My child’s teacher says she can’t see properly!

Chapter 103 My child’s teacher says she can’t see properly!

Mode of presentation

If parents bring their child to the ophthalmologist because of the teacher’s suspicion of reduced vision, this indicates that the parents have not been aware of any vision or eye problems. This may be because the child’s visual disability has been constant and non-progressive, or that the parents do not expect the child to see any better. The child who never had normal vision will not complain, but as education makes increasing visual demands, problems may become apparent.

The teacher may observe problems with reading (near work), when looking at the blackboard (distance vision), problems with color plates in the book or strange color combinations, or strange behavior in class. The child may miss what is going on or appear uninvolved. The child may need extra time to keep up with the class. There may be recreation problems: the child doesn’t want to play, often falls, is photophobic, or has an abnormal head posture. Other symptoms might be squeezing the eyes or complaining of headaches.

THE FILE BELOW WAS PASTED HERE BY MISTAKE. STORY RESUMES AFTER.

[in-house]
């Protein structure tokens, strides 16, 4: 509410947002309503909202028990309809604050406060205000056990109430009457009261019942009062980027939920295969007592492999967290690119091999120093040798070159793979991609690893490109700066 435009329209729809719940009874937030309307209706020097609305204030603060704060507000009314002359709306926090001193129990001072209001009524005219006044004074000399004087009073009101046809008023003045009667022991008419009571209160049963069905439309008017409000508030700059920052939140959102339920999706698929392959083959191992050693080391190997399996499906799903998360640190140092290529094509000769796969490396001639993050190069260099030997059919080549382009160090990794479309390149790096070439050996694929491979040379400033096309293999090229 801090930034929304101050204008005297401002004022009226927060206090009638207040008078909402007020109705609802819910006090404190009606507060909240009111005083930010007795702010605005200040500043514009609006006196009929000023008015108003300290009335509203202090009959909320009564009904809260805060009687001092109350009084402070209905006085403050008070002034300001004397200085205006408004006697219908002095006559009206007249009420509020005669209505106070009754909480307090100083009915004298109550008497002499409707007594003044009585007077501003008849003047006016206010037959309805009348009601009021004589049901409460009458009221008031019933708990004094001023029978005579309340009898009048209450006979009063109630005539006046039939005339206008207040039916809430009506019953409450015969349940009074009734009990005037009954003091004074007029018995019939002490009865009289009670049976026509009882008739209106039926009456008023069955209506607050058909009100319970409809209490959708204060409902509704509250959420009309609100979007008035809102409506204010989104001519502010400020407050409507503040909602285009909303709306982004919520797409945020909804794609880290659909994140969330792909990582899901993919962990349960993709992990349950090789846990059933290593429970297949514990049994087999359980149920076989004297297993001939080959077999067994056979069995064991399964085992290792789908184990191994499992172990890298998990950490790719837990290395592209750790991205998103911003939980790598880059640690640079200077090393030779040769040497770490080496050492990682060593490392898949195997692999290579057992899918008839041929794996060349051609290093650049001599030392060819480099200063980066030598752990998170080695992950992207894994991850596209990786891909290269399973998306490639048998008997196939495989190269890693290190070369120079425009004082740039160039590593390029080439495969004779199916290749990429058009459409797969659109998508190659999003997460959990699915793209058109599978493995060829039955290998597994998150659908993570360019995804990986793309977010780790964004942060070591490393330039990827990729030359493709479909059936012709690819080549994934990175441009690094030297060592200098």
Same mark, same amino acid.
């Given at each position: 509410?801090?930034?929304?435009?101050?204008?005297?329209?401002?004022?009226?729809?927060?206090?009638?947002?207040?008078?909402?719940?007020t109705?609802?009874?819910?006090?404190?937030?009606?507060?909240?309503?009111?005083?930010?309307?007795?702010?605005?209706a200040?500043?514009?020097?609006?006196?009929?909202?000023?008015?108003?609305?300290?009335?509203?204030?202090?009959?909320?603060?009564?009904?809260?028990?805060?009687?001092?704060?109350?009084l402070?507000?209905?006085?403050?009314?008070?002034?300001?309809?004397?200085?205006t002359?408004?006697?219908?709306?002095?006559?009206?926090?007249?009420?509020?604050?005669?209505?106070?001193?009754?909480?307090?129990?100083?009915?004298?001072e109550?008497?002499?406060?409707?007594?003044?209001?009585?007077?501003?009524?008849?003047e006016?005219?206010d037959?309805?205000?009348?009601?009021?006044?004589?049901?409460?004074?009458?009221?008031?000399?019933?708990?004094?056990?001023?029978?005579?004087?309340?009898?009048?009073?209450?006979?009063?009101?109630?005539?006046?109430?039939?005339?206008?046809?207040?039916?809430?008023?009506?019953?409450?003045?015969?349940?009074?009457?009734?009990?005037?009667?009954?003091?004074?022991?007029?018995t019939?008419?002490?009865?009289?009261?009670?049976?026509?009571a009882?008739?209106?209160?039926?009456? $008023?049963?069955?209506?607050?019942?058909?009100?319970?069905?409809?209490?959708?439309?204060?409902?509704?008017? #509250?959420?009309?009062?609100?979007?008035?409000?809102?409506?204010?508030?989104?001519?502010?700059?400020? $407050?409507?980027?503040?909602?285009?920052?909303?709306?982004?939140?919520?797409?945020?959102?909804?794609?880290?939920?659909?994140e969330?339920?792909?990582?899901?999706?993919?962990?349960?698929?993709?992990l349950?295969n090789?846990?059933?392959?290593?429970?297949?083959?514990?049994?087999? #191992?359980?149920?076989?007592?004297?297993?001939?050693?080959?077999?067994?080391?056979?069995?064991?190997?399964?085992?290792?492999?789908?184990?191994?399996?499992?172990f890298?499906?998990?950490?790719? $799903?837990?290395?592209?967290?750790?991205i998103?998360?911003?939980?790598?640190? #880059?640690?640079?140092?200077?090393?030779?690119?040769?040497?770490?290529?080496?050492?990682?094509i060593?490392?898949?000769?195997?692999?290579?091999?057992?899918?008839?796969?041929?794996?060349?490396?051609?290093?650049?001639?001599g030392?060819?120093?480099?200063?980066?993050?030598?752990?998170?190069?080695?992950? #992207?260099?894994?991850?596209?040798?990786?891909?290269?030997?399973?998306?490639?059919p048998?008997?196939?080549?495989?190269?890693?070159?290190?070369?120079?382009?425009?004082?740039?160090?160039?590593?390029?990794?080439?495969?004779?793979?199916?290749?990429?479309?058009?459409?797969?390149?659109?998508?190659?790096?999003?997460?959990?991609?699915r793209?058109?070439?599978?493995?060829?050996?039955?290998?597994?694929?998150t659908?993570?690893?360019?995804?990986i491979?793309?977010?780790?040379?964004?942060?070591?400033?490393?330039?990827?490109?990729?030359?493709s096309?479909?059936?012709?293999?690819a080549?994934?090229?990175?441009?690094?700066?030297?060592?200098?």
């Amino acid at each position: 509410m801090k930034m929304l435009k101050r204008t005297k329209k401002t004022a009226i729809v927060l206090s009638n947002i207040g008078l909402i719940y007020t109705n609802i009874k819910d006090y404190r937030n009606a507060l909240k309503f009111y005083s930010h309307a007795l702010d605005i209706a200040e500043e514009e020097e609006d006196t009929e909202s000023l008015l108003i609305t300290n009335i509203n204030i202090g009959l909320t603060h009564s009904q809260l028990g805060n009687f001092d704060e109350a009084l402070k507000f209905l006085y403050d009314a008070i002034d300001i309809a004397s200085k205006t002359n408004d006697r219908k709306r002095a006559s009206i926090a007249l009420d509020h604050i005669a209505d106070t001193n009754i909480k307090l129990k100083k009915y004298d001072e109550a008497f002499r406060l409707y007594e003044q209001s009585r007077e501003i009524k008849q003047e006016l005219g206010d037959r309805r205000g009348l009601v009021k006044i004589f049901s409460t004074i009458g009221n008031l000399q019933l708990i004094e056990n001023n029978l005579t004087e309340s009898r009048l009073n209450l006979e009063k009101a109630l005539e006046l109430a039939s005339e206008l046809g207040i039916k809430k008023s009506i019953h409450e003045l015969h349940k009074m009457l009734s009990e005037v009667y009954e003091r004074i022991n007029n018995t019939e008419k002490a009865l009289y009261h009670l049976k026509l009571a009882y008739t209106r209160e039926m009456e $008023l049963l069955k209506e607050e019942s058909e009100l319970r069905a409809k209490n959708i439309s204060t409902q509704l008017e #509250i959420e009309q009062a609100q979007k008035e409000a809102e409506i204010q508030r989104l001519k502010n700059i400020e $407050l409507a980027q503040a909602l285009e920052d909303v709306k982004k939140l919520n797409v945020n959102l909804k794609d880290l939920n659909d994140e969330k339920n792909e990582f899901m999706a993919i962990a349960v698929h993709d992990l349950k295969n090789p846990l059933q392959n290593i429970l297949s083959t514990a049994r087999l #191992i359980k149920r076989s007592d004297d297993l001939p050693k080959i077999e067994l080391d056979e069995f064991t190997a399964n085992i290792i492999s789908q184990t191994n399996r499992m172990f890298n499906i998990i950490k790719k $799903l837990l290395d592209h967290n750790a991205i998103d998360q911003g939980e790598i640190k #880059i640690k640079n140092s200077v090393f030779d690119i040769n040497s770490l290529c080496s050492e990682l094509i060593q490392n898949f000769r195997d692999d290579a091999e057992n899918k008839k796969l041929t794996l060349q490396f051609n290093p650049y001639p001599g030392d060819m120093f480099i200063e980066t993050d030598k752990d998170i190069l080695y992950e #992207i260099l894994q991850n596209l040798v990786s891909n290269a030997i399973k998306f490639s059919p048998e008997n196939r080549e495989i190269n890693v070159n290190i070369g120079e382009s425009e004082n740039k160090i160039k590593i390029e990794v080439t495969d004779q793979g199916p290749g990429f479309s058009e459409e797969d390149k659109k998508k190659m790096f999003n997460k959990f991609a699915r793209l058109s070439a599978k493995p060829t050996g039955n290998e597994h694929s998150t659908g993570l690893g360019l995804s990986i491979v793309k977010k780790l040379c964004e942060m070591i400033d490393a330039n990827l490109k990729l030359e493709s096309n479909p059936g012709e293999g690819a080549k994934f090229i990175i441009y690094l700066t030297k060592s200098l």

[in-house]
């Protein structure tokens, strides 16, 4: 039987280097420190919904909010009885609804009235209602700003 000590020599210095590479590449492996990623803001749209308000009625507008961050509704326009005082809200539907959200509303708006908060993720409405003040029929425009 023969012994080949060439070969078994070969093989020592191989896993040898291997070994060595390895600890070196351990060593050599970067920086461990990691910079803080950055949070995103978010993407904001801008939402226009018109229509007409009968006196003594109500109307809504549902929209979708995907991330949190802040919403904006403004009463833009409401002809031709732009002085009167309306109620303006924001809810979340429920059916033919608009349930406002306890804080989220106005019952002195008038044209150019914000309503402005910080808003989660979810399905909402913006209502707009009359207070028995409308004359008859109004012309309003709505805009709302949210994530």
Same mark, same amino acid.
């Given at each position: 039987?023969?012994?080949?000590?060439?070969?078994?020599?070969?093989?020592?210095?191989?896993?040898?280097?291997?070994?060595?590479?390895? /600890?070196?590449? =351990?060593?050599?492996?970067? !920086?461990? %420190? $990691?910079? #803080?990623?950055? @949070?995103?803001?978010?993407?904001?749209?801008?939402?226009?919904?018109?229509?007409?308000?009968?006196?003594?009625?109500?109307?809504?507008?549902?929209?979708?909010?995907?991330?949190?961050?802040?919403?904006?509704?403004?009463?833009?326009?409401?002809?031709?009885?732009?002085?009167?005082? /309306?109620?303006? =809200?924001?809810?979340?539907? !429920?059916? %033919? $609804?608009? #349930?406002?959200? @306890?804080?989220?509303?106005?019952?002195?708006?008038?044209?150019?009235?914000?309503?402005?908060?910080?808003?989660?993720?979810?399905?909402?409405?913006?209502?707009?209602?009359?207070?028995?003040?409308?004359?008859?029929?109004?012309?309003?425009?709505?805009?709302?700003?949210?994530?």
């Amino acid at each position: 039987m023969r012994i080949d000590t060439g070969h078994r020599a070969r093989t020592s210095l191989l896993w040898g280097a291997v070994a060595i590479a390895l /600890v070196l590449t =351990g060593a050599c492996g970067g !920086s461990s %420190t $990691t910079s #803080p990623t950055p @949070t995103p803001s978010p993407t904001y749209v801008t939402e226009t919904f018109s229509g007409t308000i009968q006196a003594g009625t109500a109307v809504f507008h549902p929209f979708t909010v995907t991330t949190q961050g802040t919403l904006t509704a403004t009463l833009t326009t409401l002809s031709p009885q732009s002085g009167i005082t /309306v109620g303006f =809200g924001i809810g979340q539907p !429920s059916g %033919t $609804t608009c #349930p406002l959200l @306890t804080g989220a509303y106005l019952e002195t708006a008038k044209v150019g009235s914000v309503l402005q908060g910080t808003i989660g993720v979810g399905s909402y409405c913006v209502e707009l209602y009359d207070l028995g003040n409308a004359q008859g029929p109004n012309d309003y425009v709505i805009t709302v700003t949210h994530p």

In Table 103.1, the signs and symptoms are presented in combination with what may be found at the examination.

Table 103.1 Symptoms and signs giving clues to examination and diagnosis

The teacher described Examination Results
Reading difficulties Refraction Refractive error:
Problems with the blackboard
Squeezing the eyes
Abnormal head posture    
Reading difficulties
Problems with the blackboard
Accommodation/convergence nearpoint Reduced ANP/CNP
Accommodative spasm
Reading difficulties
Un-concentrationNeed extra time to keep up
Abnormal head posture
Behavioral problemsPhotophobic
Motor functions/nystagmus Retinal dystrophies
Neurologic disease
Metabolic disease
Pupillary reflex
Problems with the blackboard Visual field Retinal dystrophies
Problems in the dark
Behavioral problems
Neurological disease
Optic nerve disease
Problems with color plates Color vision tests Retinal dystrophies
Strange match with color   Optic nerve disease
    Congenital color vision defect
Problems in the dark Contrast sensitivity Media opacities
Overlooks/falls Optic nerve disease
Reading difficulties Slit-lamp examination Media opacities:
Problems with the blackboard Corneal dystrophies
Photophobic   Keratoconus
Squeezing the eyes   Anterior chamber (uveitis/glaucoma)
    Lens anomalies (cataract/ectopia)
    Corpus vitreum (degeneration/heme/infection)
Reading difficulties Ophthalmoscopy Retinal dystrophies
Problems with the blackboard   Macular dystrophies
Photophobic   Optic nerve disease
Problems in the dark    

Jun 4, 2016 | Posted by in OPHTHALMOLOGY | Comments Off on My child’s teacher says she can’t see properly!

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